The Piazzas : The narrow streets frequently broaden out into small or large squares (piazzas), which usually have one or more churches and a fountain or two. Apart from Piazza Navona and Piazza della Rotonda (in front of the Pantheon), take in the nearby Piazza della Minerva, with its unique elephant statue by Bernini and Piazza Colonna with the column of Marcus Aurelius and Palazzo Chigi, meeting place of the Italian Government. On the other side of Corso Vittorio Emanuele are Piazza Farnese with the Palazzo of the same name (now the French Embassy) and two interesting fountains and the flower sellers at Campo dei Fiori, scene of Rome's executions in the old days. All of these squares are a short distance from each other in Old Rome. The enormous Piazza del Popolo in the North Center, which provided an imposing entrance to the city when it represented the northern boundary of Rome, is well worth a visit. A short walk back towards the center brings you to Piazza di Spagna at the foot of the Spanish Steps. Yet another fascinating fountain here. The area was much used as backdrop for the 1953 film Roman Holiday with Audrey Hepburn and Gregory Peck. On the other side of the river is, of course, the magnificent square of St Peter's at the Vatican. Further south, in Trastevere is Piazza Santa Maria in Trastevere, a great place to watch the world go by, either from one of the restaurants or bars that line two sides of the square or, if that is too expensive, from the steps of the central fountain. The square attracts many street entertainers. Moving back to the Modern Center you have to see the Trevi Fountain, surely a part of everyone's Roman holiday. Visitors are always amazed that such a big and famous fountain is tucked away in a small piazza in the middle of side streets. Take extra-special care of your possessions here. Further up the Via del Tritone you will come to Piazza Barberini, now full of traffic but the lovely Bernini fountain is not to be missed.

Viewpoints : With no tall buildings in Rome, views of the city come from climbing the many hills, either the original seven hills of Rome or others that surround them. The two most popular views of Rome are from the Janiculum hill overlooking Trastevere and the Pincio at the edge of the Borghese Gardens. The former, best reached by car, has sweeping views of the center of Rome, as long as the authorities remember to prune the trees on the hillside in front of the viewpoint. Cross over the piazza for an excellent view of the dome of St Peter's. The Vatican is the main sight from the Pincio (metro Line A, Piazza del Popolo, and then a good climb). Less popular, but just as nice, is the orange grove at Parco Savello on the Aventine Hill.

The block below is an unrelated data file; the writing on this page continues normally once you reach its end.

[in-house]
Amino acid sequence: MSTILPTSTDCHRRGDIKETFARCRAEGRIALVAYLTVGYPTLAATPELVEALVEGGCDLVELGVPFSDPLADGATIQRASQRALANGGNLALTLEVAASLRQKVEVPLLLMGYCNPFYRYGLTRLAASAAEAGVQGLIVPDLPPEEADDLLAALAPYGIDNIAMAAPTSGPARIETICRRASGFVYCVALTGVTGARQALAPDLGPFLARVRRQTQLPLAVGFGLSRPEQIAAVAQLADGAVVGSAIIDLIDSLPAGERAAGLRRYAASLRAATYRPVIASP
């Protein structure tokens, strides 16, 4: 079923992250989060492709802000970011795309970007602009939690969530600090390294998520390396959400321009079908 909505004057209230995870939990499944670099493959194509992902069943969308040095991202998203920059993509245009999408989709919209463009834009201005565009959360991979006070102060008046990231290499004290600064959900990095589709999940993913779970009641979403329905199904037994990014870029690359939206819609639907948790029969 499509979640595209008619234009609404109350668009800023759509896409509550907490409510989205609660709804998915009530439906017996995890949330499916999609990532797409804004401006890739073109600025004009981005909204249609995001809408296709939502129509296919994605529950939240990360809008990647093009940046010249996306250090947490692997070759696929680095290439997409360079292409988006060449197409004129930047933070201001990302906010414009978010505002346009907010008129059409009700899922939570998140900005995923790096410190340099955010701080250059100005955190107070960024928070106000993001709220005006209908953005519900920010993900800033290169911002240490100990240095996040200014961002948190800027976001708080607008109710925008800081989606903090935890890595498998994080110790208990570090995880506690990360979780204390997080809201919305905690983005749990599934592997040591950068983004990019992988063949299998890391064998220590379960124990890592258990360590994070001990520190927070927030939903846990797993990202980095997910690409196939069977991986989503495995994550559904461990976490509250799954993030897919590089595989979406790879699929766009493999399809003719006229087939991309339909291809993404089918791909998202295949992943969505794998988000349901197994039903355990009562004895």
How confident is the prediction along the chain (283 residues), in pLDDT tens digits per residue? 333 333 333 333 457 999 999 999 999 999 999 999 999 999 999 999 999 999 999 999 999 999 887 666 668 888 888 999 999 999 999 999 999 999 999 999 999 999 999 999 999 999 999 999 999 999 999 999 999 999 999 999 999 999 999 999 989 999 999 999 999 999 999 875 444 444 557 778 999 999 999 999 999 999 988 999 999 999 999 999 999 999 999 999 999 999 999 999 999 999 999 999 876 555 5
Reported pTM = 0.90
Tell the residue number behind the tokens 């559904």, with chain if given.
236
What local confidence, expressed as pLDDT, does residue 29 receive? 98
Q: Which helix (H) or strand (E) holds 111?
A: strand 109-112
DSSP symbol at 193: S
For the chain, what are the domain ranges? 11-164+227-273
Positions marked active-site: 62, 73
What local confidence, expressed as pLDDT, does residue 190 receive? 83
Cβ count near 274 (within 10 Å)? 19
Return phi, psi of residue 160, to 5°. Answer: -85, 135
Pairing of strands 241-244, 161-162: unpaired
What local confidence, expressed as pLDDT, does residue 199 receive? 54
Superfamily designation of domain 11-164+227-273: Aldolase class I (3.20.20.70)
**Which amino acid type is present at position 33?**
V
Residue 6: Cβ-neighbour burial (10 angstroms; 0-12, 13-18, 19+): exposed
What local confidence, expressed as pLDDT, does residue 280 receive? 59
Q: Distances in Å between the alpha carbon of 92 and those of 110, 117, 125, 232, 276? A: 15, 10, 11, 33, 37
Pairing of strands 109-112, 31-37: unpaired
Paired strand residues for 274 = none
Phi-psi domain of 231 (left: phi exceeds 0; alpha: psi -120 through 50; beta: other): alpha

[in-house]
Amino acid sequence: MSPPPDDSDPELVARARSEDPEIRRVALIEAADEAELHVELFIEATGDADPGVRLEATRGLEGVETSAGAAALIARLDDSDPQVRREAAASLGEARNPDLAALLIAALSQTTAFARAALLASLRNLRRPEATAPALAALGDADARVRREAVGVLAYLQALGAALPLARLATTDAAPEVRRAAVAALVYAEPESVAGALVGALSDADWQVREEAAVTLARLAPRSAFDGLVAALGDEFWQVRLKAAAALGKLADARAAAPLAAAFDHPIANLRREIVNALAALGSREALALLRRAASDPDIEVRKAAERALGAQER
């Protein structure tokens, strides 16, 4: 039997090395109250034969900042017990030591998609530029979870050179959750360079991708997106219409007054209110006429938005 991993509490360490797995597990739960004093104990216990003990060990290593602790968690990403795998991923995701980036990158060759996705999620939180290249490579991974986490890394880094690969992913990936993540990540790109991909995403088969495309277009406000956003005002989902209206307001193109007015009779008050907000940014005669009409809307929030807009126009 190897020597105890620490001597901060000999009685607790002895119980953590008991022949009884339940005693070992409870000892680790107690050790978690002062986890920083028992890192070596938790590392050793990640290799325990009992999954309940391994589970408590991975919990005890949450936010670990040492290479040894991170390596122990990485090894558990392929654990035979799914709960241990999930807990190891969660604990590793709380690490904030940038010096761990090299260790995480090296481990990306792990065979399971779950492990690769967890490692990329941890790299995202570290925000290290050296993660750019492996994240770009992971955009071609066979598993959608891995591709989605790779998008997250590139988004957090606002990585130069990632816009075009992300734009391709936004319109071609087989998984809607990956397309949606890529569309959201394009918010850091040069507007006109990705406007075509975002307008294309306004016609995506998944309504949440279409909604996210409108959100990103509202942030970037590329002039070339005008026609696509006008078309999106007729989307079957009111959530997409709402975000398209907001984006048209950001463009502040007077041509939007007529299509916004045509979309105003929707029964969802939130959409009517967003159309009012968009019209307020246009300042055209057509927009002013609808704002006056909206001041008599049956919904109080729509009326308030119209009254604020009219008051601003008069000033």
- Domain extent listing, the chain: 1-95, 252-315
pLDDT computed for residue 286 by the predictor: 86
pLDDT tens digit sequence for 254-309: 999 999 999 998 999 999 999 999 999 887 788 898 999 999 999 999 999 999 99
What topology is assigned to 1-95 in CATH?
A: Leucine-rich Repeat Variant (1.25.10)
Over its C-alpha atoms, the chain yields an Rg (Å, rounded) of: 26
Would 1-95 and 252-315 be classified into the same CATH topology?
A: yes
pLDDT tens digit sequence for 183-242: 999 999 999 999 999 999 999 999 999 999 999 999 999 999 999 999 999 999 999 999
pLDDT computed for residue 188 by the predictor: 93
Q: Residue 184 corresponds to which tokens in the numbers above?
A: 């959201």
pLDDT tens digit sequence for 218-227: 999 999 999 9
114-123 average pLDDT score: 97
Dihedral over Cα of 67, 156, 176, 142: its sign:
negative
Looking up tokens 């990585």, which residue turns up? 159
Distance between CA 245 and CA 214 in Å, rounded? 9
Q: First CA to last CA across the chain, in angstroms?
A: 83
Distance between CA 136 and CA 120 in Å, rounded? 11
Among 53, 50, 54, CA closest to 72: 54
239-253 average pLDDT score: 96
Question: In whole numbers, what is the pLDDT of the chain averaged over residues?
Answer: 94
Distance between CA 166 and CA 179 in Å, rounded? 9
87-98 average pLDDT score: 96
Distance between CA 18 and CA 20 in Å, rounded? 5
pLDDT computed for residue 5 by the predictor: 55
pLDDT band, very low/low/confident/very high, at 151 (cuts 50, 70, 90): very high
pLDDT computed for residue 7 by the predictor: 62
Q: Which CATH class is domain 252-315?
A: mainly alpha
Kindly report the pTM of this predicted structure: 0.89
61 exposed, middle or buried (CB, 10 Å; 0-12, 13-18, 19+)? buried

Take in a show. There are lots of theatres, but you will need to know Italian to enjoy them. The main concert venue is the Auditorium in Viale Pietro de Coubertin to the north of Rome. The Auditorium at Parco della Musica is a large complex composed of three separate halls whose shapes are inspired by musical instruments. These are positioned around an open air amphitheatre, that is used nearly every night in the summer for concerts. The Parco della Musica hosts a constant stream of classical, popular, and jazz music, featuring national as well as international musicians and groups.

Events :
Estate Romana Festival (Roman Summer Festival) - from late June through early September offers various musical events of jazz, rock, and classical music, and film, sport, theater and children’s fun.
White Night (Notte Bianca)  - in early to mid-September, various events until dawn, plus shops and restaurants, museums stay open while the Roman Notte Bianca stages music, dance and theater events. Expect enormous crowds; buses and trams will be packed to the brim.
Opera at Caracalla Baths of Caracalla (see Rome/Aventino-Testaccio) : If you are in Rome during summertime don’t miss the chance to experience a lyric opera in the truly unique setting of the Caracalla Baths. The 2009 program included Tosca, Carmen and Midsummer Night’s Dream. Performances start at 21.00

Rome Flights & Airports : Rome  has two main international airports:
Leonardo da Vinci/Fiumicino International Airport  (Rome Fiumicino, FCO) - Rome's main airport is modern, large, rather efficient, and well connected to the center of the city by public transportation.
Leonardo da Vinci/Fiumicino International Airport  (Rome Fiumicino, FCO) - Located to the southeast of the capital, this is the city's low-cost airline airport, serving Easyjet, Ryanair and Wizzair flights, among others .

Summit Tours offers travellers intrested in Rome plenty of travel options and Travel Services Including Holidays Packages , wide range of Best Hotels offers and discounts , Return Flights to and from : Leonardo da Vinci/Fiumicino International Airport  (Rome Fiumicino, FCO) and  Leonardo da Vinci/Fiumicino International Airport  (Rome Fiumicino, FCO) . Our Holidays Pakages Include Rome Culture & Classic Tours - Rome Christmas & New Year Tours - Rome City  Tours - Rome Holidays Packages .